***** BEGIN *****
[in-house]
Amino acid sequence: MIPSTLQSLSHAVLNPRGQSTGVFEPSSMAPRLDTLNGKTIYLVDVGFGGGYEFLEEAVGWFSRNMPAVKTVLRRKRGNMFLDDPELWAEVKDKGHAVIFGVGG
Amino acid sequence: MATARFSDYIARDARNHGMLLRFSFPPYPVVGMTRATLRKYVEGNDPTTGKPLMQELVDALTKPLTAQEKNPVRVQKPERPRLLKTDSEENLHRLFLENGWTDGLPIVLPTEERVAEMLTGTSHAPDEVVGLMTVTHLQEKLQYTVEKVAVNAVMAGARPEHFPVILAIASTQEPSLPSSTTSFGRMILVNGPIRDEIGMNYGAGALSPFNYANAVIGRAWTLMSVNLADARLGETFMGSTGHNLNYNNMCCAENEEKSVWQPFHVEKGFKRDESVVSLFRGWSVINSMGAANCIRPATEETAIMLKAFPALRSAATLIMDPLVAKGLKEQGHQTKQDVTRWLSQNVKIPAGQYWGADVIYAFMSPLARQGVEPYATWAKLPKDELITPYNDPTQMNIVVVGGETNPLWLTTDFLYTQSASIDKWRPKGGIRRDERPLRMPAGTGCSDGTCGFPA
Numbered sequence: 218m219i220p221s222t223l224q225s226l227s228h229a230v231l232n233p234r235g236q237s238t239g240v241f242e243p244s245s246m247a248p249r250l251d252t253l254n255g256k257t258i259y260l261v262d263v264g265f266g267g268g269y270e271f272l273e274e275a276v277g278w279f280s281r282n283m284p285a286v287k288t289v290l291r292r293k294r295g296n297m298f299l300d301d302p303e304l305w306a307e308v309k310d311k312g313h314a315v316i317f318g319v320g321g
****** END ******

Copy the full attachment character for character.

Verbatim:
[in-house]
Amino acid sequence: MIPSTLQSLSHAVLNPRGQSTGVFEPSSMAPRLDTLNGKTIYLVDVGFGGGYEFLEEAVGWFSRNMPAVKTVLRRKRGNMFLDDPELWAEVKDKGHAVIFGVGG
Amino acid sequence: MATARFSDYIARDARNHGMLLRFSFPPYPVVGMTRATLRKYVEGNDPTTGKPLMQELVDALTKPLTAQEKNPVRVQKPERPRLLKTDSEENLHRLFLENGWTDGLPIVLPTEERVAEMLTGTSHAPDEVVGLMTVTHLQEKLQYTVEKVAVNAVMAGARPEHFPVILAIASTQEPSLPSSTTSFGRMILVNGPIRDEIGMNYGAGALSPFNYANAVIGRAWTLMSVNLADARLGETFMGSTGHNLNYNNMCCAENEEKSVWQPFHVEKGFKRDESVVSLFRGWSVINSMGAANCIRPATEETAIMLKAFPALRSAATLIMDPLVAKGLKEQGHQTKQDVTRWLSQNVKIPAGQYWGADVIYAFMSPLARQGVEPYATWAKLPKDELITPYNDPTQMNIVVVGGETNPLWLTTDFLYTQSASIDKWRPKGGIRRDERPLRMPAGTGCSDGTCGFPA
Numbered sequence: 218m219i220p221s222t223l224q225s226l227s228h229a230v231l232n233p234r235g236q237s238t239g240v241f242e243p244s245s246m247a248p249r250l251d252t253l254n255g256k257t258i259y260l261v262d263v264g265f266g267g268g269y270e271f272l273e274e275a276v277g278w279f280s281r282n283m284p285a286v287k288t289v290l291r292r293k294r295g296n297m298f299l300d301d302p303e304l305w306a307e308v309k310d311k312g313h314a315v316i317f318g319v320g321g